Alien Righteousness

Christians were created for good works (Eph 2:10). Our faith in Christ is actually seen by works (Jas 2:18), and faith without works is dead, being by itself (Jas 2:17). It is important to clarify, however, that good works merit nothing with God. In other words, we gain no favor with God because of the good works done in the flesh. Rather, God works in us (Gal 2:20), and our good works should be ascribed to Him, alone, who is willing and doing His good pleasure in us believers (Phil 2:13).

There are some who imagine that it is our good works that save us (ie. Roman Catholics). This is explicitly denied in Titus 3:5b, where Paul wrote that salvation is, “not on the basis of works done in righteousness.”

Righteousness is best understood as one having a legal right standing before our holy God. The righteous man is in right relationship with God. He is rightly positioned, having been justified (declared “not guilty”) by the blood of Christ (Rom 5:9), and by the grace of God (Rom 3:24; Gal 5:4), as evidenced by his faith in Christ (Rom 3:28; 5:1). Christ is righteous (Dt 32:4; 1 Cor 1:30; 1 Jn 2:1), but there is no one else who is righteous on their own (Rom 3:10).

A person’s righteousness before God is purely alien. The status is imputed, meaning, it is credited to one’s account for no other reason than a Creditor having absolute mercy on a debtor (Ex 33:19; Rom 9:15–16).

It is common to false religion, to have as its basis, a works-based system of paying off one’s debt to a deity. The debt is incurred by sin, but who is the accountant present to determine when enough works have outweighed sins? No one is in a position to judge; and sin is evident in a myriad of ways, so that the number and varieties of sins is incalculable. At best, one can be considered earnest.

Earnestness and sincerity are not evil in themselves, but when one has successfully convinced others, the result is pride. It is a vicious cycle with no exit. It is bondage to a failed system of errant religion. This is why the apostle Paul is adamant in stating his contempt for works righteousness, immediately following the claim that, “He saved us (Tit 3:5a).”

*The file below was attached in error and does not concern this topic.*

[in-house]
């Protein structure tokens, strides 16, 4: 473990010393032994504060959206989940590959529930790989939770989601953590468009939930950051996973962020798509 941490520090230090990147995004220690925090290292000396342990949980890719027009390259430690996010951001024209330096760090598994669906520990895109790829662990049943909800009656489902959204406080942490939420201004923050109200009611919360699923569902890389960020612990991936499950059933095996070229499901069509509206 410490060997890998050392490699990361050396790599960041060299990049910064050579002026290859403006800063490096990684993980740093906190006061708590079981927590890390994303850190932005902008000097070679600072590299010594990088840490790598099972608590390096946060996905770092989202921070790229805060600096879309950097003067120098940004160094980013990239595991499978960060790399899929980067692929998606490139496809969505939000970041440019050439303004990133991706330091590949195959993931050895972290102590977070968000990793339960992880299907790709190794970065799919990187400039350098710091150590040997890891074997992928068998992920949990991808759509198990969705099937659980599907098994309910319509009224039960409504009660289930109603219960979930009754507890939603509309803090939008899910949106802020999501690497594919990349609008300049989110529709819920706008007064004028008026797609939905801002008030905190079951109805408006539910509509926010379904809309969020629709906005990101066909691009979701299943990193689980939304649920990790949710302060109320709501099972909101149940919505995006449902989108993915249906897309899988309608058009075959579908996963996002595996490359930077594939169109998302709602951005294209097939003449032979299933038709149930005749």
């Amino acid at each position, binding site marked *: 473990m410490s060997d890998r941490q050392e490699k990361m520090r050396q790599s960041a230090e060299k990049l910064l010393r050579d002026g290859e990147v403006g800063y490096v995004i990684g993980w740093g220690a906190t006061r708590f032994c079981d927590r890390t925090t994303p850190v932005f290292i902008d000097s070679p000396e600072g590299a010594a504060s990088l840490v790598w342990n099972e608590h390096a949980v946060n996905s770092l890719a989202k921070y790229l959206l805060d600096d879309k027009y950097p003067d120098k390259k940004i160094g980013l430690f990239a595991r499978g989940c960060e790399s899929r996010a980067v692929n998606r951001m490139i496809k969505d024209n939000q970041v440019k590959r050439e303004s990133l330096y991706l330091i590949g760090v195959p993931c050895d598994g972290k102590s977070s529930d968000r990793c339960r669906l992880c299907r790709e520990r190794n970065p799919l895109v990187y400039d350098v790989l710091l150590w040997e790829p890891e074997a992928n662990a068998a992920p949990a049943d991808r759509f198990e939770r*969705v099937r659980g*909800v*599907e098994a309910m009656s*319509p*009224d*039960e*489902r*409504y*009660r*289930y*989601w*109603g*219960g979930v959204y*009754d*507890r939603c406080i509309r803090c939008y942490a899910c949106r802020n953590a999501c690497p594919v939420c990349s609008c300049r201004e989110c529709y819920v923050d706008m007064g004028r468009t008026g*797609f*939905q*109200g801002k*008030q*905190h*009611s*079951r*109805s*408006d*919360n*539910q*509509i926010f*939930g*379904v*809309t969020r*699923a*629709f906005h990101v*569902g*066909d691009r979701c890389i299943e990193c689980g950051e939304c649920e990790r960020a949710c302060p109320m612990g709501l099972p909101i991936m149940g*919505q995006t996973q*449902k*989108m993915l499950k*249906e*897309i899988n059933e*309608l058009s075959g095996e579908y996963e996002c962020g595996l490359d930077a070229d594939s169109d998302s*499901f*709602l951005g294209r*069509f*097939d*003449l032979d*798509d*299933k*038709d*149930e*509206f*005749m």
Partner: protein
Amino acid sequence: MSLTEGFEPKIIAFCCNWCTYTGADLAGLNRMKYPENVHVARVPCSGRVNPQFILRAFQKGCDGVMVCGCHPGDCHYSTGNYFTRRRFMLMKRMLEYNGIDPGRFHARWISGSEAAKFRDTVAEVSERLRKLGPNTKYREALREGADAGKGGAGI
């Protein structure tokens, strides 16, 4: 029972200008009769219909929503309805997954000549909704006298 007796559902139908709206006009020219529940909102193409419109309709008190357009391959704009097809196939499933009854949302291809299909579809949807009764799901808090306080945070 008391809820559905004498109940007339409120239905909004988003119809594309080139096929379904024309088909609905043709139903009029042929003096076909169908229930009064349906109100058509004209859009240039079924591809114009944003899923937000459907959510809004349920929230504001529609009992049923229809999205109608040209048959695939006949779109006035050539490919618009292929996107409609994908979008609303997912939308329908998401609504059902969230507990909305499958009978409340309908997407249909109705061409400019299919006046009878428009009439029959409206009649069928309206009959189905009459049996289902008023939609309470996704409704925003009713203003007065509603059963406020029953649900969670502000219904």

Fallen man is not right with God (Eph 2:12). He has good intentions, at times, to reconcile his unrighteousness (Dt 6:25). Because God has provided an alien righteousness, and imputed it to His elect people, they evidence the imputed righteousness of Christ, by faith (Rom 1:17; 3:22). The apostle Paul makes this clear elsewhere, with plain words, “…David also speaks of the blessing on the man to whom God credits righteousness apart from works (Rom 4:6).” The Law of God can never produce righteousness in a person (Gal 2:21), it can only reveal the holiness of God and the sinfulness of man.

A man will read about works of righteousness, as in Psalm 15:2, “He who walks with integrity, and works righteousness, and speaks truth in his heart,” but who is this man dwelling in the tent of God, but Christ Jesus the Lord, our righteousness. His righteousness endures forever (Ps 111:3).

As we conclude, we must let the apostle Paul have the last word on the issue he brought up to Titus, to the Galatians, to others, and to the church at Rome, “But to the one who does not work but believes in Him who justifies the ungodly, his faith is credited as righteousness (Rom 4:5).”

Human works of righteousness are “filthy rags” in the assessment of our holy God (Is 64:6). All of them, for even when the Christian has done his duty, he remains an unprofitable servant (Lk 17:10). Righteousness, then, is an unreachable standard for people, who must humble themselves upon hearing God’s judgment of them and their works (Rom 3:10–12; 3:23; 6:23; Heb 9:27; Jas 4:6, 10; 1 Pet 5:5).

By the grace granted to manifest faith in the believer (Rom 12:3; Gal 3:22; Eph 2:8–9; Phil 1:29; Heb 12:2), Christ’s righteousness — attained by His supernatural conception, virgin birth, sinless life, atoning death, burial, resurrection, ascension, enthronement, and session positions us now with no condemnation (Rom 8:1), before the judgment seat of Christ (2 Cor 5:10), on His great white throne of judgment (Rev 20:11). When death consumes our bodies of sin, our hope is solely in the resurrection of the righteous (Lk 14:14; Jn 5:28–29; Acts 24:15; 1 Cor 15), which is who we are by no merit of our own.

David Norczyk

Spokane Valley, Washington

September 30, 2021

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David Norczyk

Some random theologian out West somewhere, Christian writer, preacher